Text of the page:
What Scares Me Most About Leaders and Followers Today
Over the last two years, “we the people” of the United States have become “up on arms” over the scandals on Wall Street. Bernie Madoff and Allen Stanford swindled — not millions — but billions of dollars from folks who trusted them. On top of that, Americans scoffed at the bailout dollars given to automakers like Chrysler and GM. And it didn’t end there. Investment bankers, Fanny Mae and Freddy Mac all got some love for their sins. And we protested. It just seemed wrong for leaders who mismanaged money to be rewarded — even rescued — by the Federal government. It got worse when we discovered many of these leaders received year-end bonuses, while their organizations were receiving bailout money. Ironically, Congress leveled a mammoth judgment upon those corporate tycoons, then demonstrated they were guilty of some of the same sins of misspending and embezzling. They may be worse. Many of us have mused over and over: If the government were a business — they’d be out of business.
Or would they?
While I hate all of this, like most do, these mishaps don’t scare me as much as something else going on in our culture between leaders and followers. Let’s be honest. Most people agree that what’s happened is wrong. Radio talk shows blow the whistle and remind us of it daily. We get it. What frightens me far more is what has happened to the typical American citizen. We’ve become blind to something far more sinister in our culture. We’ve fallen into a trap laid unwittingly by the media, the Internet and crowded schedules with no margins. With little time to think for ourselves, we’ve fallen in love with the “campaigning leader.”
The Campaigning Leader
The new leader today is a campaigning leader. These folks know that what they must do well is campaign for an emotion from their constituents. Quality leadership is no longer about substance but style. How does it appear? How will it be written up tomorrow? What will be the sound bite that folks remember?
These inquiries are not wrong in themselves, but leaders — and their image consultants — now act based upon the answers to these questions, not from principle. They lead for the camera. Leaders are naturally sensitive to what’s politically correct. They attempt to display tolerance for what is in vogue. They’re never against something unless it’s in their best interest. That’s the scorecard. And the natural outgrowth of such a scorecard is the “campaigning leader.”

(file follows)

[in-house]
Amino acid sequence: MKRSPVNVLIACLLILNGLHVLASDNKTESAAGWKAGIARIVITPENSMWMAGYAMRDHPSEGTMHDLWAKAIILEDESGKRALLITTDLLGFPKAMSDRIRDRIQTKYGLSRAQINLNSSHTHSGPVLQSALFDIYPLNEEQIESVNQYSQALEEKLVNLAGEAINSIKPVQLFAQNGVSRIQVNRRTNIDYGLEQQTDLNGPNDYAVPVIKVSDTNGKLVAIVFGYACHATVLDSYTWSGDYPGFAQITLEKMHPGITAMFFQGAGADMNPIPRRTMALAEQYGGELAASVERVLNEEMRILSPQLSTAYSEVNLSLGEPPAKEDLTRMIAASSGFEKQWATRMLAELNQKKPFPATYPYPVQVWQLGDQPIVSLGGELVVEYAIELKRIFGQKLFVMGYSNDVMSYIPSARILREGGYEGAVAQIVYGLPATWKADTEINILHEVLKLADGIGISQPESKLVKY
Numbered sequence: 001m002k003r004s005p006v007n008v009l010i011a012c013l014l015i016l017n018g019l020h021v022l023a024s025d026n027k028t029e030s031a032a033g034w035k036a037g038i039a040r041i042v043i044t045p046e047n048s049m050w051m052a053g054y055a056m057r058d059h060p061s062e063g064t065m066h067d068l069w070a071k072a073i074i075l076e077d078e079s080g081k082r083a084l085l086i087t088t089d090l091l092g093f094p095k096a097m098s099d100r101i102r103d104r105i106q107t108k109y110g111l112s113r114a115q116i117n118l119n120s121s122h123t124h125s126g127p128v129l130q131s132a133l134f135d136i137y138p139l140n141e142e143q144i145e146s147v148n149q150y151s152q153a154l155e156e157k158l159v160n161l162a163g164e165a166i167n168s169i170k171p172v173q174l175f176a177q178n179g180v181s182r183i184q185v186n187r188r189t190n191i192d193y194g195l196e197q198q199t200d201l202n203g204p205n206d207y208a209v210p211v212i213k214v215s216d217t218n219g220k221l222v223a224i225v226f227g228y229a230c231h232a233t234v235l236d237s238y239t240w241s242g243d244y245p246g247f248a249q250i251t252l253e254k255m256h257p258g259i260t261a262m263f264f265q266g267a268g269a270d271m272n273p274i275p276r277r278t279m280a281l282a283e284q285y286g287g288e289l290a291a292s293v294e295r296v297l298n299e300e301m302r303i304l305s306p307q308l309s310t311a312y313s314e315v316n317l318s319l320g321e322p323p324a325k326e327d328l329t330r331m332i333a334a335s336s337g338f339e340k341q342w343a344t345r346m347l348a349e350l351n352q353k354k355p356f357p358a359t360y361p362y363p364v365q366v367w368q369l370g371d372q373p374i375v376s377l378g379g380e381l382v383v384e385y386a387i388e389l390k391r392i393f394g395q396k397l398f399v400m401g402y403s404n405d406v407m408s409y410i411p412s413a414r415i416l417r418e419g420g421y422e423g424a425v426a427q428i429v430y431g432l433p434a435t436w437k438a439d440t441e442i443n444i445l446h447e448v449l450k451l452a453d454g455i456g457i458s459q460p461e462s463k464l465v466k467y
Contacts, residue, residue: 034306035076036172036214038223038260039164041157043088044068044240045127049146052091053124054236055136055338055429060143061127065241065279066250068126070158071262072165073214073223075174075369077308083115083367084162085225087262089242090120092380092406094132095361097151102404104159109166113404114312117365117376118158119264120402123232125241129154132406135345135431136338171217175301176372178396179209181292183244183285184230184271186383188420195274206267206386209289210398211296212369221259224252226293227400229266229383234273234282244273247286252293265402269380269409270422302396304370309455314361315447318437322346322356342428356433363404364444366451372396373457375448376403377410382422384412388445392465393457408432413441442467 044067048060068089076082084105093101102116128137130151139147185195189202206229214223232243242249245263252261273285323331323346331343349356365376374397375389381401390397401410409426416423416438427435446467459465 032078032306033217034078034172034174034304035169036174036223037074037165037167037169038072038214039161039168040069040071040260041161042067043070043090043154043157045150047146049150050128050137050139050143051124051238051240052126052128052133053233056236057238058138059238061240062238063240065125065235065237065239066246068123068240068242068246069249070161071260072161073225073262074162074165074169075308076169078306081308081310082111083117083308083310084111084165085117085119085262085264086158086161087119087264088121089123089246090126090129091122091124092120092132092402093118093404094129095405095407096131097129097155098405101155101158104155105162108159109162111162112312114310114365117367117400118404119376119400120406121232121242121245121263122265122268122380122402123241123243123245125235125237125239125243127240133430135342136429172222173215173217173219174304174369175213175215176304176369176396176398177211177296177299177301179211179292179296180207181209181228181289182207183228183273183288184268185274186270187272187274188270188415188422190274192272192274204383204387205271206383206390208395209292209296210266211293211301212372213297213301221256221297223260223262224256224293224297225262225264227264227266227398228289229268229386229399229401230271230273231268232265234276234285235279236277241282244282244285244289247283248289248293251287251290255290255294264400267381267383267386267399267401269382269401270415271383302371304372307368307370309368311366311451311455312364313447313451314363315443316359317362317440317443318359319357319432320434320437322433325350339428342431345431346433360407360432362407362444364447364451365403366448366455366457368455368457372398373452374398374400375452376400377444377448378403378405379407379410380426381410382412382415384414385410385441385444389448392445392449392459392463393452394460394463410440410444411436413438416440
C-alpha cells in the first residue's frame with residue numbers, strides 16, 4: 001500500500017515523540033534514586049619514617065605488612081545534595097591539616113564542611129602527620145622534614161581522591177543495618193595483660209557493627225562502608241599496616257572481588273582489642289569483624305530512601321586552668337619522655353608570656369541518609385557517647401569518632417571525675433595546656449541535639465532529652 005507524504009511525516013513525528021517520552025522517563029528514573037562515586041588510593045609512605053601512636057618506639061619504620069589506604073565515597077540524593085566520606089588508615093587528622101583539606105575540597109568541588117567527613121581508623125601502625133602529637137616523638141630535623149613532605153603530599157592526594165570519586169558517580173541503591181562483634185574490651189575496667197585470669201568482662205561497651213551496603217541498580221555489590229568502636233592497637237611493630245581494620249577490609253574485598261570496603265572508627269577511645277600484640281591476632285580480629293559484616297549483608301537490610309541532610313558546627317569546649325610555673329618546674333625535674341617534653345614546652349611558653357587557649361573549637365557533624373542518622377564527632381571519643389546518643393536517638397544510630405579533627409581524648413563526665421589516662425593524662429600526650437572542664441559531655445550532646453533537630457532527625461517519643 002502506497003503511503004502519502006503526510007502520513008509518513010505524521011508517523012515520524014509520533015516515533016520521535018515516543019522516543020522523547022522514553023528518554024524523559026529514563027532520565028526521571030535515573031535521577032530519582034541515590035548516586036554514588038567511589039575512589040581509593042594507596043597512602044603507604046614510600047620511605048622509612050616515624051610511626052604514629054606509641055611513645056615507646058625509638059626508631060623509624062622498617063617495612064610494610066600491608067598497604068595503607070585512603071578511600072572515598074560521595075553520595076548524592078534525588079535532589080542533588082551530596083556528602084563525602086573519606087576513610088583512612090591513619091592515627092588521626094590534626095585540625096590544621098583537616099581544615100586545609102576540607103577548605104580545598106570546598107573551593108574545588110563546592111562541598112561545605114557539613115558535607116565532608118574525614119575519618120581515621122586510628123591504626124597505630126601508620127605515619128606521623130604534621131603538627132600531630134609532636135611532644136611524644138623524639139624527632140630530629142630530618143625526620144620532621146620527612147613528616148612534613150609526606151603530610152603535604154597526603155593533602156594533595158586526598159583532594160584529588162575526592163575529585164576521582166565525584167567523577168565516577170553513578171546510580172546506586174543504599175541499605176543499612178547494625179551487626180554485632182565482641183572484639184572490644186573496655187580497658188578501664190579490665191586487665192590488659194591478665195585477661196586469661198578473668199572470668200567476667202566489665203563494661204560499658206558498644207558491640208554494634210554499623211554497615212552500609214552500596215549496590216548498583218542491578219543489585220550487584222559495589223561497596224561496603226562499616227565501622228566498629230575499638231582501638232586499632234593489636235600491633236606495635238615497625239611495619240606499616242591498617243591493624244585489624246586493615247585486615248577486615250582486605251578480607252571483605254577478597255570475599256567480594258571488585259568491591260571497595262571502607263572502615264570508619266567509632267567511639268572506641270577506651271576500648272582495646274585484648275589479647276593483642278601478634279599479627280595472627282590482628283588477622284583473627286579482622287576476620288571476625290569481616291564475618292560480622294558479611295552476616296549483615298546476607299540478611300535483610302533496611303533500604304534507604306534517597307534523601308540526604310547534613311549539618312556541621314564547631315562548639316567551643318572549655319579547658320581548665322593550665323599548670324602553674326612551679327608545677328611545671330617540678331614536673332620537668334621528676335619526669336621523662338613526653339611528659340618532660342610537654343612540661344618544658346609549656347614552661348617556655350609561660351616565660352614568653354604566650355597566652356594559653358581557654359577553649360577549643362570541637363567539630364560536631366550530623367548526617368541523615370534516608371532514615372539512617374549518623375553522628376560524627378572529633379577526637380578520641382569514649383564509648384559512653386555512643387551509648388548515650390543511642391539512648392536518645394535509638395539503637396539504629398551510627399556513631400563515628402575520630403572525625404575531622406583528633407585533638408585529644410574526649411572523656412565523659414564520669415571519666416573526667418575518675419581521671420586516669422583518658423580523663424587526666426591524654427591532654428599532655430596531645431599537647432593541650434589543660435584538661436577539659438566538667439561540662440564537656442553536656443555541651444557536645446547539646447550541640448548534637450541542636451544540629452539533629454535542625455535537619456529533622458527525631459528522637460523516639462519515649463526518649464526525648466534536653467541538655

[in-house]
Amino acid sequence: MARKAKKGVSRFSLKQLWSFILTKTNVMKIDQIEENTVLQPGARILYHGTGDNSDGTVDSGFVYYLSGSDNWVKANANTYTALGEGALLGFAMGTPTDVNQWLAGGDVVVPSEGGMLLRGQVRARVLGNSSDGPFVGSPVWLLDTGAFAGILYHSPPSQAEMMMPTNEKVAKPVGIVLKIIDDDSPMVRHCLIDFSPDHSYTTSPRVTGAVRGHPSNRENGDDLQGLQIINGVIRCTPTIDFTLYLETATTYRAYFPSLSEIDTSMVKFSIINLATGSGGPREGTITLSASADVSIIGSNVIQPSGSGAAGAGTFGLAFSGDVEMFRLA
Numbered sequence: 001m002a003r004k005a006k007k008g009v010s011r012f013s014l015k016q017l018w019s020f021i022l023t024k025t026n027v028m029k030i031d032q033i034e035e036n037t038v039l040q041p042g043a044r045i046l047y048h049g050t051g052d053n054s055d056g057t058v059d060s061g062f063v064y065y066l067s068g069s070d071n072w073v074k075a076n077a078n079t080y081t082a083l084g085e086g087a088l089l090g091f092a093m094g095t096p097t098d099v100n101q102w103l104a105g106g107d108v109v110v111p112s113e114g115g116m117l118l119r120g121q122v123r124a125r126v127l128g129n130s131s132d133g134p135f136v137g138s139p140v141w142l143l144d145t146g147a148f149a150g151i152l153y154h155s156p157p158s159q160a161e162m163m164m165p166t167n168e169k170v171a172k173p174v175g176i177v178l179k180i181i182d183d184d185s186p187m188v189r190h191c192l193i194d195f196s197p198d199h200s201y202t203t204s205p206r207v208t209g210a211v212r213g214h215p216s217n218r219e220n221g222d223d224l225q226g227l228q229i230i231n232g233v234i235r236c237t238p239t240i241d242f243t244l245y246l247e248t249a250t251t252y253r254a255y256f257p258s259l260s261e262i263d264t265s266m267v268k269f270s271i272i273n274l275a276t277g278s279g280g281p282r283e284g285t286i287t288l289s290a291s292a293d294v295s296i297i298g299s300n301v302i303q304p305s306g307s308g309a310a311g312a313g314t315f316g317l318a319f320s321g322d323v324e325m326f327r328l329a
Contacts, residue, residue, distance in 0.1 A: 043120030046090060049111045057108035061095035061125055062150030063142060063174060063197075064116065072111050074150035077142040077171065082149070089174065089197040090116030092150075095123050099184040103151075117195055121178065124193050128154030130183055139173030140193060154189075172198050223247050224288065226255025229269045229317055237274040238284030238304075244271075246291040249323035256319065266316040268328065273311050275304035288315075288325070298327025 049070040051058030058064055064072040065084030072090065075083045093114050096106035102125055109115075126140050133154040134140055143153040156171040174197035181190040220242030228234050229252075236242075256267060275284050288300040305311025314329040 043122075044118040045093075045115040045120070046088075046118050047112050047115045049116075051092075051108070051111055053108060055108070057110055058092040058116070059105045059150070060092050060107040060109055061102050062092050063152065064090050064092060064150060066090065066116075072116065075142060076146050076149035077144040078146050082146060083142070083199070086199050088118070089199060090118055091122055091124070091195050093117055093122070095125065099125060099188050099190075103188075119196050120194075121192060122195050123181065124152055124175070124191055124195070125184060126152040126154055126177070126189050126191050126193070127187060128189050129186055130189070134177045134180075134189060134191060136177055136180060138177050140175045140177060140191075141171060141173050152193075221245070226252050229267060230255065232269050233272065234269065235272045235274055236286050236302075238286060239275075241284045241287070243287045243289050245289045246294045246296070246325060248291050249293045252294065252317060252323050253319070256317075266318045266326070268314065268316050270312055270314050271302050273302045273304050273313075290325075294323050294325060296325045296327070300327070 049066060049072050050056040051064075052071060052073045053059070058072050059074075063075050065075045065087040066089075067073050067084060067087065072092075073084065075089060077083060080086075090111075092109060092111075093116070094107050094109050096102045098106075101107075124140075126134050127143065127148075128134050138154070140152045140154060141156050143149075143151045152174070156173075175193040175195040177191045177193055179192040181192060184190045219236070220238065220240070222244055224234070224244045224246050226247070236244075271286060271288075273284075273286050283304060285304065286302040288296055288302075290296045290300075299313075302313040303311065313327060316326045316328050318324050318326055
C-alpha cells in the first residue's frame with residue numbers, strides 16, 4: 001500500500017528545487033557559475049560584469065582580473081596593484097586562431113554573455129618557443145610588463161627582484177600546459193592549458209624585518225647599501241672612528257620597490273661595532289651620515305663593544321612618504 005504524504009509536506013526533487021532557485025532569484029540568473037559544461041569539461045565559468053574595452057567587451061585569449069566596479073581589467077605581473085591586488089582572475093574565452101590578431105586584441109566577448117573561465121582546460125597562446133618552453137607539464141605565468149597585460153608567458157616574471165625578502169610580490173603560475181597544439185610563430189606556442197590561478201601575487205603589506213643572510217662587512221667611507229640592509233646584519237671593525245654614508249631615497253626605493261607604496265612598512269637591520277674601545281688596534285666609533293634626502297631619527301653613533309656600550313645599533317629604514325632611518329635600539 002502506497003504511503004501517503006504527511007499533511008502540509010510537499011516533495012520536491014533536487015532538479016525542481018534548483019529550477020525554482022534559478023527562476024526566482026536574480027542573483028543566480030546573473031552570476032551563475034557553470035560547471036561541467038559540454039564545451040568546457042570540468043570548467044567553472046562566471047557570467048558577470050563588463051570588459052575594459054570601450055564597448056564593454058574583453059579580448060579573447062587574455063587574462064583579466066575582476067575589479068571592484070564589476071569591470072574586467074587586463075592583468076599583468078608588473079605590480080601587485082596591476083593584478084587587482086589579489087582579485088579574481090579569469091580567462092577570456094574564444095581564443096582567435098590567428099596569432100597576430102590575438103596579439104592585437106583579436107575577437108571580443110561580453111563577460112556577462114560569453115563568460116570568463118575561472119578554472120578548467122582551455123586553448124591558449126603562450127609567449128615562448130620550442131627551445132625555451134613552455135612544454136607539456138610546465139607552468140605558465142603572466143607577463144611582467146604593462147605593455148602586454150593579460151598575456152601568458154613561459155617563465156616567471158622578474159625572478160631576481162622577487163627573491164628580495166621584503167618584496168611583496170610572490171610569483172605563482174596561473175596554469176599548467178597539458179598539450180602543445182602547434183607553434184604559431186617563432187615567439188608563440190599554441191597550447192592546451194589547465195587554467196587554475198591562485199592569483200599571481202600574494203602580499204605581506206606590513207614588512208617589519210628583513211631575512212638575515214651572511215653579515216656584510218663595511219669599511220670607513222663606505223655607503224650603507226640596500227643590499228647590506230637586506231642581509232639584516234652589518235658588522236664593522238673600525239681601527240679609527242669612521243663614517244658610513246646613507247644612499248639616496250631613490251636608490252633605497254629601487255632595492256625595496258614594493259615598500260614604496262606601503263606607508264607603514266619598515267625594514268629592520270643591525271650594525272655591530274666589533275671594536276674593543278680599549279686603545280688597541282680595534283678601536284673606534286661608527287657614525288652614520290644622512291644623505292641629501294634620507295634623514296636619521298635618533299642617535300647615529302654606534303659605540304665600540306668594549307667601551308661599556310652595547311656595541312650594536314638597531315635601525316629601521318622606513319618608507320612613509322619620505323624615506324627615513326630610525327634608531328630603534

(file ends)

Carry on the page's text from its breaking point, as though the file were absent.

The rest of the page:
It’s not all their fault. Our culture has conditioned leaders to be this way. Smart ones figure out what it takes to get elected and re-elected; to grab the limelight, to receive more airtime or to elicit popular opinion. What becomes viral on YouTube isn’t necessarily what’s good and right, but what’s vogue and entertaining. So leaders perform like a pet.
These campaigning leaders come from business, education and the non-profit world. They can be pastors or politicians. They can be male or female. They may be republican or democrat. Only time will tell what legacy our president, Barack Obama, will leave as a leader. What we do know is this: He is brilliant at campaigning. This is not an insult, but an illustration. In 2004, Obama was virtually an unknown quantity, as a politician. But he was handsome. He was eloquent. He showed up at all the right events. He came across hopeful. Did he have a track record? Not really, but it didn’t matter. This is the “look” we want for a leader. And boy, could he campaign. He might be the best our country has ever seen at sound bites and photo ops. He’s a rock star and his family is beautiful. He won the election — and now faces the bitter reality of leading. It’s very different from what he’s done in the past. His popularity has dropped 30 points since the election.
What do campaigning leaders do well? They understand that winners focus on these elements:
Spin. They can take any issue and position it to sound favorably. They are “spin doctors.” They don’t have to answer the questions from news correspondents; they can answer whatever question they wish to answer. It’s all in how you navigate your way through the words.
Image. They can become preoccupied with their look. They know that image is everything. This is why people now have full-time jobs as “image consultants.” We’ve figured out that our current population is too savvy to simply listen for content. We notice how the leader looks.
Feel. Campaigning leaders consider how their interactions on camera “feel” to onlookers and listeners. Emotion is the key, not data or direction. When making a mistake, campaigning leaders know how to win the hearts, and play the emotions of people and come out smelling like a rose.
Memory. These campaigning leaders are aware of the memory they’ll create from each experience in which they participate. They’re intentional about how people will hold the snapshot in their memory banks, and they posture themselves to be remembered positively in that moment.
I suppose this is nothing new. Perhaps leaders down through history have all been preoccupied with style over substance. It just frightens me today — in our world of screens and podcasts — that we can get so far by sharpening our campaigning skills, rather than our leadership skills. Here’s to adding character and competence to our brilliant campaigns.